Ecolab is signing up to be an anchor tenant – not in a mall, but in community solar gardens in Minnesota.
Headquartered in St. Paul, the Fortune 500 company will run completely on solar in Minnesota by purchasing space at solar gardens being built by SunEdison.
Ecolab is buying more solar than exists in Minnesota right now, which isn’t saying much since there’s only 14 megawatts (MW) in the entire state. But the 16 MW it’s buying will facilitate the coming solar surge there, thanks to Minnesota’s strengthened Renewable Portfolio Standard (RPS).
Despite the introduction of ALEC-inspired bills to repeal the RPS, the state expanded its 25% renewables by 2025 requirement by including a solar carve-out – a minimum 1.5% solar by 2020 and 10% by 2030.
"When people think of solar they tend to think of places like California, Arizona, Hawaii and Florida, not the Midwest. This will open a lot of eyes," Ken Johnson of the Solar Energy Industries Association told Star Tribune.
Community solar array in Minnesota:
Ecolab will be the anchor tenant at SunEdison’s community solar gardens, planned for 15-20 sites in the Twin Cities area. After the 200 MW are built, the gardens will be transferred to SunEdison’s Yieldco, Terraform Power (TERP).
Under Minnesota law, solar gardens must have at least five subscribers and no subscriber can buy more than 40% of its output. Ecolab is buying the maximum 40%, making more community solar installations viable. Like any power purchase agreement, they get the advantage of locked in, lower electricity bills, in this case for 25 years.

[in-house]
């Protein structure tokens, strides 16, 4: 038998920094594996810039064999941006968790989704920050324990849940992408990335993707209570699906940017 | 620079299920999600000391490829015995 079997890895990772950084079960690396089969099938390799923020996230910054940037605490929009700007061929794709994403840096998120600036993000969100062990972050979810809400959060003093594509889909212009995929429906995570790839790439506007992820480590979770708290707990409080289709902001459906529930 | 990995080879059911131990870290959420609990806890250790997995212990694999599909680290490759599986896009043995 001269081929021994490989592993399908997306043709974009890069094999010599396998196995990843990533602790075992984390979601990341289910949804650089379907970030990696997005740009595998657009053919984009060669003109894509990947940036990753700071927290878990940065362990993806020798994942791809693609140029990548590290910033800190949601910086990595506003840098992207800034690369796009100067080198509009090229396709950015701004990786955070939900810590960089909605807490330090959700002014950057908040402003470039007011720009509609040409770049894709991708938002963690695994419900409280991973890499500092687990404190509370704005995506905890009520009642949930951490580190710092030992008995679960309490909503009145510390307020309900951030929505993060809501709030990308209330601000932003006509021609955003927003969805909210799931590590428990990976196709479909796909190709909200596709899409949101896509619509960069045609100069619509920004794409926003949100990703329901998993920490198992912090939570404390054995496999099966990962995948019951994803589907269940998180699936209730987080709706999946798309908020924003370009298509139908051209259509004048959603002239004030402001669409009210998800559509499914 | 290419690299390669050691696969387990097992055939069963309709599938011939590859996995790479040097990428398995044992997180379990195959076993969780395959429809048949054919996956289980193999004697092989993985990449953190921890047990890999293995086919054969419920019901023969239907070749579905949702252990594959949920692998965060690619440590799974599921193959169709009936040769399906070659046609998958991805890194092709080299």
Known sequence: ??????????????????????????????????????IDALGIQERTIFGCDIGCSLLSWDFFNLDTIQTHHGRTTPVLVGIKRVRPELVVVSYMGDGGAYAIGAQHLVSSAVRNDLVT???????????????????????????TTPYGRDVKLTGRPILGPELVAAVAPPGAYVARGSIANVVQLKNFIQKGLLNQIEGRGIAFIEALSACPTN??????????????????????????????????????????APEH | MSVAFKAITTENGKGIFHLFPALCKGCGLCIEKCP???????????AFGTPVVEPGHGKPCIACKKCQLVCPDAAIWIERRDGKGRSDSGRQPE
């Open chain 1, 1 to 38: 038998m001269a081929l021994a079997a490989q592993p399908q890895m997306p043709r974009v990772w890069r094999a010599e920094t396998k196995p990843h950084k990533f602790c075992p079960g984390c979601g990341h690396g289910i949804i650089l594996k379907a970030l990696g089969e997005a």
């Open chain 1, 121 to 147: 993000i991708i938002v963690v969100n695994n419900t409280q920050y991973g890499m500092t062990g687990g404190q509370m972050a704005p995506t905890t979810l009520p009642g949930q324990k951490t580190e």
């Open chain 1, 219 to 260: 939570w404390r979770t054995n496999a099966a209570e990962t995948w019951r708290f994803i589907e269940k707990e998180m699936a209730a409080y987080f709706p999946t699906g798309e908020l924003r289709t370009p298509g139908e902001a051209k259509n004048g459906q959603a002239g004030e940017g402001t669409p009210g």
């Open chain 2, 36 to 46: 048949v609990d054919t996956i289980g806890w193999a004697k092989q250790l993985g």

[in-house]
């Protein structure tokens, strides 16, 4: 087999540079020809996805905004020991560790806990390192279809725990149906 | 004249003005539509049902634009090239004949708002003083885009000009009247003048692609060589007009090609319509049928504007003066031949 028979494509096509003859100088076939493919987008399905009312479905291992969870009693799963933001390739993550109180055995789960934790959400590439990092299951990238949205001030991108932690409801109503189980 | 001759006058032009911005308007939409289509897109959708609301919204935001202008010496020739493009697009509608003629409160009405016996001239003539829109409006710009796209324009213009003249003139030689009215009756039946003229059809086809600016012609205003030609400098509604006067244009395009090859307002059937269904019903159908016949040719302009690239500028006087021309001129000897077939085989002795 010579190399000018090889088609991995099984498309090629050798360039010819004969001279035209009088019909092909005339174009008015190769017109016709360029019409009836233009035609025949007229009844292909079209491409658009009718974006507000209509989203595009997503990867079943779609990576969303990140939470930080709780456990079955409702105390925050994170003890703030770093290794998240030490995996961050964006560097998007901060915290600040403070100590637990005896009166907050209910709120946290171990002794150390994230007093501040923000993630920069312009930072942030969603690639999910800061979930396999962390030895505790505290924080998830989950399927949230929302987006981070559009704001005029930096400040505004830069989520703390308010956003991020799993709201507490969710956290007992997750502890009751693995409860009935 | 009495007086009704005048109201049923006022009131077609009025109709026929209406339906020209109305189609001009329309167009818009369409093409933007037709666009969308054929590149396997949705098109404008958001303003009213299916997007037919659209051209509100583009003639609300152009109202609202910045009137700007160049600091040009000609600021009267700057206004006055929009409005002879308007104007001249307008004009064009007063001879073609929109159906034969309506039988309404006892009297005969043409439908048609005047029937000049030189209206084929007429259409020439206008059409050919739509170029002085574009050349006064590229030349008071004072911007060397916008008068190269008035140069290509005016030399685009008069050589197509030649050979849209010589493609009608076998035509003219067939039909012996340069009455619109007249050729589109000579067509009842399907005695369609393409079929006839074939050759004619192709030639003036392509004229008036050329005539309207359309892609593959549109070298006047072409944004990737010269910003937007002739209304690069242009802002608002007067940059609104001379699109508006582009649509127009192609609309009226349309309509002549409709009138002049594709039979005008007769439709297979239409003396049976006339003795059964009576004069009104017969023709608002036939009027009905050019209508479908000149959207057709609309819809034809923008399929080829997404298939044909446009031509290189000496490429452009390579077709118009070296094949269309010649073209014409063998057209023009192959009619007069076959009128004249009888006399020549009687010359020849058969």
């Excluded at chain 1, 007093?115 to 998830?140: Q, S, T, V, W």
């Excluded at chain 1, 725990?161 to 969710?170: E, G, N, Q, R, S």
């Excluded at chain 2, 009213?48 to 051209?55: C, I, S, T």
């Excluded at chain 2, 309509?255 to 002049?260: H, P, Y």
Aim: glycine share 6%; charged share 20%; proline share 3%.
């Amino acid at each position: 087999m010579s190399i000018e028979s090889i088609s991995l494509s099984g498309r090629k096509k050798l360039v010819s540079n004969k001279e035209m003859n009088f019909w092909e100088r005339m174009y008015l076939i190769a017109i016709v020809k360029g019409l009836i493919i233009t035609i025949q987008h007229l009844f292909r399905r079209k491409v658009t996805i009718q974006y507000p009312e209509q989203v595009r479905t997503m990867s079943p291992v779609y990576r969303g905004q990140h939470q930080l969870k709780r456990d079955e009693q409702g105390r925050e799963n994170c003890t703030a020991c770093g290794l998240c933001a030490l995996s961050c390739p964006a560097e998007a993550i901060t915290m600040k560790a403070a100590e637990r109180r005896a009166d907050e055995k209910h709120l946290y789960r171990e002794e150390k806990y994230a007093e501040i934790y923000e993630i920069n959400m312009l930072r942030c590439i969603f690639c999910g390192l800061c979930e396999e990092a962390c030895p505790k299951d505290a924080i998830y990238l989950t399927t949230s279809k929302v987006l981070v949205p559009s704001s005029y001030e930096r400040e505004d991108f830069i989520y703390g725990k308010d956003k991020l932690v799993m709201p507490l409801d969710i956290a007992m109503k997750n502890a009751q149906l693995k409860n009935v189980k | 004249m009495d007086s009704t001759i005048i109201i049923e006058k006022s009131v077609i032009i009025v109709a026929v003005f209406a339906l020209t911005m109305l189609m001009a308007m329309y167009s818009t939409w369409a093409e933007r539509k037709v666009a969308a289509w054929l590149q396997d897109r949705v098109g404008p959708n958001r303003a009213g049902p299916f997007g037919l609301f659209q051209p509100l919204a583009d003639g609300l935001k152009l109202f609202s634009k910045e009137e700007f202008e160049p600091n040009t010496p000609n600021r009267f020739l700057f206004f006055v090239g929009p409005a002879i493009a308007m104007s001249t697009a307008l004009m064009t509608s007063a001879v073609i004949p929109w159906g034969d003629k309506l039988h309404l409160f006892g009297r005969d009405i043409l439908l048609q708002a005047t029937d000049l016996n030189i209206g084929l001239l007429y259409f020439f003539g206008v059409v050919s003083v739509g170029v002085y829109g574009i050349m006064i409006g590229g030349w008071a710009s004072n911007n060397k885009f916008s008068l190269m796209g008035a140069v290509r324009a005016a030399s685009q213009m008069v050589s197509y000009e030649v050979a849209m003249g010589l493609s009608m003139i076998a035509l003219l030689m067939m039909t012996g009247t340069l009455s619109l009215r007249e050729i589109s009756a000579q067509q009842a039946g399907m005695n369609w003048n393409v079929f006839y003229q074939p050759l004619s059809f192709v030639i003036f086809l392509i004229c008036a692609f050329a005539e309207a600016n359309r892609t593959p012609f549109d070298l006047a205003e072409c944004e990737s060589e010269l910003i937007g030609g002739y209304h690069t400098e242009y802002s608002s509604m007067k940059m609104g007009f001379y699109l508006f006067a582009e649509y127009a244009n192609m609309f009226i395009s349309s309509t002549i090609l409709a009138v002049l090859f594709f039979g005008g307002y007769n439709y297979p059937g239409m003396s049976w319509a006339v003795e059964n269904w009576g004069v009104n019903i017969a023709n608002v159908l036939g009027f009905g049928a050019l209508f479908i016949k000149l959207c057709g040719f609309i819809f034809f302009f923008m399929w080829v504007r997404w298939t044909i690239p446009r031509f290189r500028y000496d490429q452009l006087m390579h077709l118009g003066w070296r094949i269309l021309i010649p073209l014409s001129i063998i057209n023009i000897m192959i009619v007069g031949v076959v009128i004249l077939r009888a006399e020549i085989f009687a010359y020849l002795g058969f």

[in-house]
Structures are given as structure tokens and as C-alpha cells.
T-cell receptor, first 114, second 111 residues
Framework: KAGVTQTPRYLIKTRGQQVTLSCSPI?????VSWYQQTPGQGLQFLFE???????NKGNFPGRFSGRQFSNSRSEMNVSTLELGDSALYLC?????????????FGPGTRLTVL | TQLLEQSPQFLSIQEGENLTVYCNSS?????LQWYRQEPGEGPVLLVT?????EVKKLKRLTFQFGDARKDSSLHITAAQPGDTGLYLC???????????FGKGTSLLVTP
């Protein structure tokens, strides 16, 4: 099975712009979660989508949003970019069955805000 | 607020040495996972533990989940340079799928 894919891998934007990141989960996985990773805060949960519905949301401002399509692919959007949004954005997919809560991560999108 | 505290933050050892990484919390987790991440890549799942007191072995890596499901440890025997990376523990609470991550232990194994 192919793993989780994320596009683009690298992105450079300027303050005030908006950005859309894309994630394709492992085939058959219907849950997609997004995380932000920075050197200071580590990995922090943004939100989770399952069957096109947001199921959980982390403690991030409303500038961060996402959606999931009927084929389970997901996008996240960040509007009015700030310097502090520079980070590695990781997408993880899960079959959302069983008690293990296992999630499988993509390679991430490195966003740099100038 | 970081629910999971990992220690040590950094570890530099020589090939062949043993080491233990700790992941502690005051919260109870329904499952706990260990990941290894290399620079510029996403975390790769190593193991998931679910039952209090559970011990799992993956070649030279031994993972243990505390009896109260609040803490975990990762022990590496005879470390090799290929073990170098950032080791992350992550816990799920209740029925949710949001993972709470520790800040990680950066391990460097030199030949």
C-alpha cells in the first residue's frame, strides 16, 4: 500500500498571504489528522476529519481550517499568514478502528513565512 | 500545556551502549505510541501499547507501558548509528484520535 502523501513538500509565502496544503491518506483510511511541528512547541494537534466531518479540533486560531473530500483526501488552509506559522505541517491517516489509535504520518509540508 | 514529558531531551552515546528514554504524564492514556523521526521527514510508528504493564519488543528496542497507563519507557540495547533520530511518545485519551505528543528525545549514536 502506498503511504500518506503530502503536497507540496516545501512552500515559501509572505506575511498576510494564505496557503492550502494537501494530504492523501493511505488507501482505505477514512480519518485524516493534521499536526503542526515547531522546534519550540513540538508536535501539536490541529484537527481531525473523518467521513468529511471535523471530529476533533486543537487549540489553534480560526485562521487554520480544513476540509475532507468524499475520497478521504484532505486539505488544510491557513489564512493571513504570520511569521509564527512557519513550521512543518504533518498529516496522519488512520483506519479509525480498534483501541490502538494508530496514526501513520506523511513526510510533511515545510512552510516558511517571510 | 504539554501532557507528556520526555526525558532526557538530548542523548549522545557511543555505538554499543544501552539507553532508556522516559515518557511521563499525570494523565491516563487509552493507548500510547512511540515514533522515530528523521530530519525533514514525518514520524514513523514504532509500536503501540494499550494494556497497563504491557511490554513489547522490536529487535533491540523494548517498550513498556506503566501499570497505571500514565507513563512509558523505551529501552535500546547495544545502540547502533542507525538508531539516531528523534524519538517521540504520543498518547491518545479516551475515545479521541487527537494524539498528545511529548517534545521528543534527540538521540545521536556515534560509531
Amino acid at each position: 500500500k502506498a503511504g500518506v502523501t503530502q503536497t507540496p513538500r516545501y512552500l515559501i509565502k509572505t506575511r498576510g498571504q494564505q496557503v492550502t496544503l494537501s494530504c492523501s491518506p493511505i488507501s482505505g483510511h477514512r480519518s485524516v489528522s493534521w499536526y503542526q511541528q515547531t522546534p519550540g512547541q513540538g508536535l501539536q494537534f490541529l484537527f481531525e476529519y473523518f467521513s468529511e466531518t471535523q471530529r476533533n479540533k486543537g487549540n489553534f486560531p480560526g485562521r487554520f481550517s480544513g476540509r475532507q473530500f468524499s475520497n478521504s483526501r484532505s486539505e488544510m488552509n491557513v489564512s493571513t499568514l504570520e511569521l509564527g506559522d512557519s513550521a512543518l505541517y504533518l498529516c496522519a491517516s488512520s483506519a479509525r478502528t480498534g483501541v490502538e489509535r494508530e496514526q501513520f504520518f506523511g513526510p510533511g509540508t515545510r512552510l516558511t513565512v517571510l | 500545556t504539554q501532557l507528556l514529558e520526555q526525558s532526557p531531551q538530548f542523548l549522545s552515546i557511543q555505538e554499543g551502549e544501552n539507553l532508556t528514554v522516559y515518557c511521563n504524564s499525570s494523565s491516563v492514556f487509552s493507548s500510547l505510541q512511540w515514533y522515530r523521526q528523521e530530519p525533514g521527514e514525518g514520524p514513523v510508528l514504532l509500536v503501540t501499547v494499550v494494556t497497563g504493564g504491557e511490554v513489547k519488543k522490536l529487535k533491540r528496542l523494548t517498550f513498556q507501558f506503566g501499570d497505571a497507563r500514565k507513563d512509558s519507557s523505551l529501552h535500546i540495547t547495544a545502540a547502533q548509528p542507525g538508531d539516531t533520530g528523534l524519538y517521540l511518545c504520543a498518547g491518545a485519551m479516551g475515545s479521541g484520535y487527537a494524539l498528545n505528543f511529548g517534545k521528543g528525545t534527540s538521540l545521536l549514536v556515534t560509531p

Xcel, the state’s largest utility, plans to add an amazing 2.4 gigawatts of solar by 2030 – through community gardens and utility-scale projects, in addition to incentives and grants for rooftop solar.
It will buy energy from projects like Geronimo Energy’s Aurora Solar Project – a series of small, 2-10 MW projects across the state for a total 100 MW.
Wind power is already booming in Minnesota, which ranks #7 among US states. Xcel plans to add 1.8 GW by 2030 on top of the current 3 GW, bringing it to 25% of its electricity.
1000 people are employed by the solar industry and 2000 in wind, where they earn $10,000 a year more than average pay in Minnesota, according to the state’s Commerce Department.
Minnesota is the first state to create a controversial "Value of Solar Tariff" framework. Utilities can either pay people who send solar to the grid at the retail rate (net-metering) or use a formula that includes all the benefits of solar, such as clean air and lower carbon emissions: